With a maximum tariff rate of 25 percent and low (or zero) rates on inputs, combined with the possibility that many sensitive goods may have higher rates, the distortions in the effective rate of protection can be large. This represents a major step backwards for Uganda.
This means that while tariffs are currently lower in Tanzania and Uganda, the nominal rates of protection may not vary considerably among EAC members.
Kenya imposes excise taxes on 459 items in the top tariff bracket with peaks of 50 and 70 percent. Suspended duties are applied to sugar, maize flour, and milk in the top tariff bracket.
The WTO agreement on customs valuation aims for a fair, uniform, and neutral system for the valuation of goods for customs purposes. The agreement provides a set of valuation rules, expanding and giving greater precision to the provisions on customs valuation in the original GATT.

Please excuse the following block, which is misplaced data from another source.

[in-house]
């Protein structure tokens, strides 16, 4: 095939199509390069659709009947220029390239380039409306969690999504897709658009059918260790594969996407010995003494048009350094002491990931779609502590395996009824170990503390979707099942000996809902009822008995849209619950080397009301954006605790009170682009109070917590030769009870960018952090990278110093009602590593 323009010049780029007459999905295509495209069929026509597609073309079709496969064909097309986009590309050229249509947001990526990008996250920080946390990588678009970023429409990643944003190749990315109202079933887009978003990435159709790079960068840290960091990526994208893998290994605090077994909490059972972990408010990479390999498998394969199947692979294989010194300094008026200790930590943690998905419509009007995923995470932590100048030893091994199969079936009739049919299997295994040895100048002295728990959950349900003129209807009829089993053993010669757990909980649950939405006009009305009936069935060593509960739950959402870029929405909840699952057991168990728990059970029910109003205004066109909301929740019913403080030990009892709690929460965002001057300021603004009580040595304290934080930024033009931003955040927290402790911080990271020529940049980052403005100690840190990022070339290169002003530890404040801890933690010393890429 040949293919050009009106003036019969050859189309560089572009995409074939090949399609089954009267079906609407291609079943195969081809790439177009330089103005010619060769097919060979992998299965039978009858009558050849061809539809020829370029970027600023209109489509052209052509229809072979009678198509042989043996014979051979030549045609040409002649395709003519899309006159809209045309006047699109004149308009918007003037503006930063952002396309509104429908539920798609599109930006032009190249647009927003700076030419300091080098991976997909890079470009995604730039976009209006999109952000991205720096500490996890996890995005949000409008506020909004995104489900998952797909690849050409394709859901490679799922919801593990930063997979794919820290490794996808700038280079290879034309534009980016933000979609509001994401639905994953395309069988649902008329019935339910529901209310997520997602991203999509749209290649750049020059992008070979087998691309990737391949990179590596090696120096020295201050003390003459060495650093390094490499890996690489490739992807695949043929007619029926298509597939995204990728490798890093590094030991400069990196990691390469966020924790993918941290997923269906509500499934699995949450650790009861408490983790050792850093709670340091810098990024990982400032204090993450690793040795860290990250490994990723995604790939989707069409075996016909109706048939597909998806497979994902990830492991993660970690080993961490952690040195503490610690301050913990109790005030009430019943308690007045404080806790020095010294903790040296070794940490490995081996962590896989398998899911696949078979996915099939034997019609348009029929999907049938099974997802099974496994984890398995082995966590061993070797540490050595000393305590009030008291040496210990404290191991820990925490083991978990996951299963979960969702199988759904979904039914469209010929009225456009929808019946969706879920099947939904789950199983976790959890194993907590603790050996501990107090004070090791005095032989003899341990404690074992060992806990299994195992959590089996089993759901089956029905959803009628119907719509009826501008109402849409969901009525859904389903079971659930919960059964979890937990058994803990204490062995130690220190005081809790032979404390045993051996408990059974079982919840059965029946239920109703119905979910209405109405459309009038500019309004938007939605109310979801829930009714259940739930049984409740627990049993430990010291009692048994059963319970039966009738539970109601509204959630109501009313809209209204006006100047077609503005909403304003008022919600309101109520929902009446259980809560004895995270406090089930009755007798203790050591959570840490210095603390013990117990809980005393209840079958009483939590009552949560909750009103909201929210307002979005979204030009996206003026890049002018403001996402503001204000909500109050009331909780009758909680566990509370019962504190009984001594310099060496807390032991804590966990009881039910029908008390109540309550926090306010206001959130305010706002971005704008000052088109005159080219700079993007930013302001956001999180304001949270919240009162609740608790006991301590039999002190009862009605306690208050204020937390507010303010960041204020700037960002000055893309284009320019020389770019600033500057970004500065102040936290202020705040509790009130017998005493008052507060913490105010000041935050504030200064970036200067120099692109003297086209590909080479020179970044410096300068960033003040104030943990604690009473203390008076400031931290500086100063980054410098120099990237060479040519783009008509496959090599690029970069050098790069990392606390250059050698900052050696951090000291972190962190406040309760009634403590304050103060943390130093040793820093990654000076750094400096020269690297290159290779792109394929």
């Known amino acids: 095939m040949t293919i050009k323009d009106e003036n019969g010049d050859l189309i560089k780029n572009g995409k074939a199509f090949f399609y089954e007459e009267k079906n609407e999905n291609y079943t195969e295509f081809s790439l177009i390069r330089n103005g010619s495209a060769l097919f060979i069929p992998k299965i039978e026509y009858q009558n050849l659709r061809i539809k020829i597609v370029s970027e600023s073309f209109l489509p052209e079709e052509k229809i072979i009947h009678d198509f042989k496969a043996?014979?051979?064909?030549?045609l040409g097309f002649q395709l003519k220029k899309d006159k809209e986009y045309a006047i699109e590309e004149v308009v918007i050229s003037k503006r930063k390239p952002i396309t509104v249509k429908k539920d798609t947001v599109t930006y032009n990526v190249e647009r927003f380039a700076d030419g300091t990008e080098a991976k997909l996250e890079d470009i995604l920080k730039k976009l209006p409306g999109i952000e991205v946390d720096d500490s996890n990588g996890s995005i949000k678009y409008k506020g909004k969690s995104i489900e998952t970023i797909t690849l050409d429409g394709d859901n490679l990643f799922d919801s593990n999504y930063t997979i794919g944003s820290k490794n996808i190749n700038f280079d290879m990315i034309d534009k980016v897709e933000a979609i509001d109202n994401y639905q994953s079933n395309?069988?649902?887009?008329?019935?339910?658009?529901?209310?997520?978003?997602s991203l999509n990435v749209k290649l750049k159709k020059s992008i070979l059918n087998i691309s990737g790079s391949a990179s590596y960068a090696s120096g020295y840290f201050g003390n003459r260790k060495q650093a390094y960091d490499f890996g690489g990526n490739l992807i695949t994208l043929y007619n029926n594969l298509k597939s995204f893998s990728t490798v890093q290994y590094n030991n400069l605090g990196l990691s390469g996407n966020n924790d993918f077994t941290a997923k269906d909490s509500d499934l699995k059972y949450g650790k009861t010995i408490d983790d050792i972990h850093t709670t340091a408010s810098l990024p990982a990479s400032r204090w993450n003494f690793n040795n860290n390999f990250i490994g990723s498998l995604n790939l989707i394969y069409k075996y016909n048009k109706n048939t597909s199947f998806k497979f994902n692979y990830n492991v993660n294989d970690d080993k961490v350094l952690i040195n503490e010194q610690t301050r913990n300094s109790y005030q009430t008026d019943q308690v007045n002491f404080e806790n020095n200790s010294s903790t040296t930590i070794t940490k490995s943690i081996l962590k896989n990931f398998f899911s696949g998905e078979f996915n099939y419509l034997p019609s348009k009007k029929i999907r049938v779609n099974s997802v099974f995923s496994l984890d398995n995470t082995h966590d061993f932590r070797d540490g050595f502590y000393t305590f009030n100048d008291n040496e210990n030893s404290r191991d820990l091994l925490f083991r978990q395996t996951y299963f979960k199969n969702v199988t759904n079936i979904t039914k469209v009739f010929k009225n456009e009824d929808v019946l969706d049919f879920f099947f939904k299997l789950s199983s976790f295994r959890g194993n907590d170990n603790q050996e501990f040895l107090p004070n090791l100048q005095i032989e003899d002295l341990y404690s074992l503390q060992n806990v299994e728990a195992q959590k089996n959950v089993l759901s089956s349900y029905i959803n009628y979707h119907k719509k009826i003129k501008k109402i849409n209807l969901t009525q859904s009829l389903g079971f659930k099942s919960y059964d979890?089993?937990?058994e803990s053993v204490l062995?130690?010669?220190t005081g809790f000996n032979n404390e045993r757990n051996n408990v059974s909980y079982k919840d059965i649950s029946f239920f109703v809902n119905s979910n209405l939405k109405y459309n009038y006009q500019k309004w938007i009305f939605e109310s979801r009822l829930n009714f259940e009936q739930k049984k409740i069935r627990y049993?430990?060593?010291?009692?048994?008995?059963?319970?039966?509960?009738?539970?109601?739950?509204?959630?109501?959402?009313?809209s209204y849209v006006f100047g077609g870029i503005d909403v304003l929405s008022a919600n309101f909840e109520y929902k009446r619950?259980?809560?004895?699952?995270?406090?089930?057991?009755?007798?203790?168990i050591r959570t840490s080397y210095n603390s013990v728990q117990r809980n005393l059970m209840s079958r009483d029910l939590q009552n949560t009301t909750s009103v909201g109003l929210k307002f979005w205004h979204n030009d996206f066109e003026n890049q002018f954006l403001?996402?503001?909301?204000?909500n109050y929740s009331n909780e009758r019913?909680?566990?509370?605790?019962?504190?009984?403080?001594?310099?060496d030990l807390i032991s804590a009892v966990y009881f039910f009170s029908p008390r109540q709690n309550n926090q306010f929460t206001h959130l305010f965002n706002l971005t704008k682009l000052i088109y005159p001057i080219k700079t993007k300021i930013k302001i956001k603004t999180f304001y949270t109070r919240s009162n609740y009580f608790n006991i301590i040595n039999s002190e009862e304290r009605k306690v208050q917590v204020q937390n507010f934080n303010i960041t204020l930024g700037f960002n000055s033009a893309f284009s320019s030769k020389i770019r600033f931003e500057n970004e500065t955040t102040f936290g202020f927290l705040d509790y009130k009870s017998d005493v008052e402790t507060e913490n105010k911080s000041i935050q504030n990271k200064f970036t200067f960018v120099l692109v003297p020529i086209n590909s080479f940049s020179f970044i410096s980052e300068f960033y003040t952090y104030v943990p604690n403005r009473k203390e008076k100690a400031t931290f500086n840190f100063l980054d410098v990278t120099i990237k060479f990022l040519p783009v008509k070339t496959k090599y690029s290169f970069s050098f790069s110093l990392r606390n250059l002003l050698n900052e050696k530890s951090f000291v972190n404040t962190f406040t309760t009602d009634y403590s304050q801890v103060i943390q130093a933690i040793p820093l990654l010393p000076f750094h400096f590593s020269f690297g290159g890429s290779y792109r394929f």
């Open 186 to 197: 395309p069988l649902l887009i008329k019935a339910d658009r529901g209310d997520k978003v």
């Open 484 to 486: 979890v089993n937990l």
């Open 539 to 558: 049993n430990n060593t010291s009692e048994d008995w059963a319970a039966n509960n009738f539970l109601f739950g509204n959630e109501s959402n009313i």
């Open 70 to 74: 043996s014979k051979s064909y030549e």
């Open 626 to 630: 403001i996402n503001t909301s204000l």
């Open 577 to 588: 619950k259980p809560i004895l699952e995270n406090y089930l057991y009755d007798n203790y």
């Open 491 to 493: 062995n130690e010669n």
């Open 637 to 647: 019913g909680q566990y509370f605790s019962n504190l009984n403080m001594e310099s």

Rules of origin are the criteria used to define where a product is made. Typically, they require that sufficient transformation occurs so that a product changes tariff line or a minimum of value added (for example, 35 percent within the region).
The economies of members of an RTA can also be both competitive and complementary. For example, in the North American Free Trade Agreement (NAFTA), the United States and Mexico have important industries but compete directly against each other; for example, textiles and clothing and consumer electronics. To some extent, the two economies are also complementary. In these circumstances, members can derive efficiency gains from an RTA but, to avoid trade diversion, must keep their external tariffs low.
The index is a measure of similarities between the export basket of one country and the import basket of another country. The value of the complementarity index can range from 0, which represents no complementarity between the exports and imports of two countries, to 100, which implies a perfect match. The higher the index between two countries, the greater the product complementarity.
SMART was jointly developed by the United Nations Conference on Trade and Development (UNCTAD) and the World Bank and has been widely used by negotiators of both bilateral and multilateral trade agreements.